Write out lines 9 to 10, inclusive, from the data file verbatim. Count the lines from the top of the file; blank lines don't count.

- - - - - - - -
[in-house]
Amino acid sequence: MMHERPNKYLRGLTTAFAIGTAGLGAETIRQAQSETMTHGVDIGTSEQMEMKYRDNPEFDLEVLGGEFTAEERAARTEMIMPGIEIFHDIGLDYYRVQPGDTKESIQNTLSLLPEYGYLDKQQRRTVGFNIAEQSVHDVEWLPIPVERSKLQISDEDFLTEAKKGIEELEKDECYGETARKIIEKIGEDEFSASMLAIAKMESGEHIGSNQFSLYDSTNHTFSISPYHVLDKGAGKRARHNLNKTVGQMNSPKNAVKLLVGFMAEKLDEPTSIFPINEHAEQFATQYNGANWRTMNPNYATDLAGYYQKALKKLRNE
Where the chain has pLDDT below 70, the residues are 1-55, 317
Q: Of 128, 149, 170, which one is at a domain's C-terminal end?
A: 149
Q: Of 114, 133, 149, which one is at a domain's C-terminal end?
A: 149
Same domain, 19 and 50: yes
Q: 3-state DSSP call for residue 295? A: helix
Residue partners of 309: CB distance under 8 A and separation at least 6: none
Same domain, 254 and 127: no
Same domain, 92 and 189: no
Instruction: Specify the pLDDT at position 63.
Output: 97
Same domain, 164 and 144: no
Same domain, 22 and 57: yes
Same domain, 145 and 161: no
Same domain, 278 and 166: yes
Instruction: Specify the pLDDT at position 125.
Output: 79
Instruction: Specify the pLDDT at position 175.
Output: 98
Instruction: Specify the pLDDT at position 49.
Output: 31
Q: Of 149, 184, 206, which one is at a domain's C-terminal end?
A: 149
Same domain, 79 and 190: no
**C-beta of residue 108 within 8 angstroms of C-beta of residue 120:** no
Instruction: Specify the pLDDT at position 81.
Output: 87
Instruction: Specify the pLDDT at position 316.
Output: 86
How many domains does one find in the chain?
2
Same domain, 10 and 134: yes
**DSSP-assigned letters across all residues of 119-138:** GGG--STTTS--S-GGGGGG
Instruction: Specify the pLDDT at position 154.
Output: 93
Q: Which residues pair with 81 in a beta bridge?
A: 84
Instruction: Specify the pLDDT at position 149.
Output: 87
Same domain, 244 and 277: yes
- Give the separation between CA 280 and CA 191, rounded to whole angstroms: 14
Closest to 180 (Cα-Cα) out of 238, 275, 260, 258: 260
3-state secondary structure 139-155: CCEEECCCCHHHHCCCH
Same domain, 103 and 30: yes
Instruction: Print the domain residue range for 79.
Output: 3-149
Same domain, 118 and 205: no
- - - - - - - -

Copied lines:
Q: 3-state DSSP call for residue 295? A: helix
Residue partners of 309: CB distance under 8 A and separation at least 6: none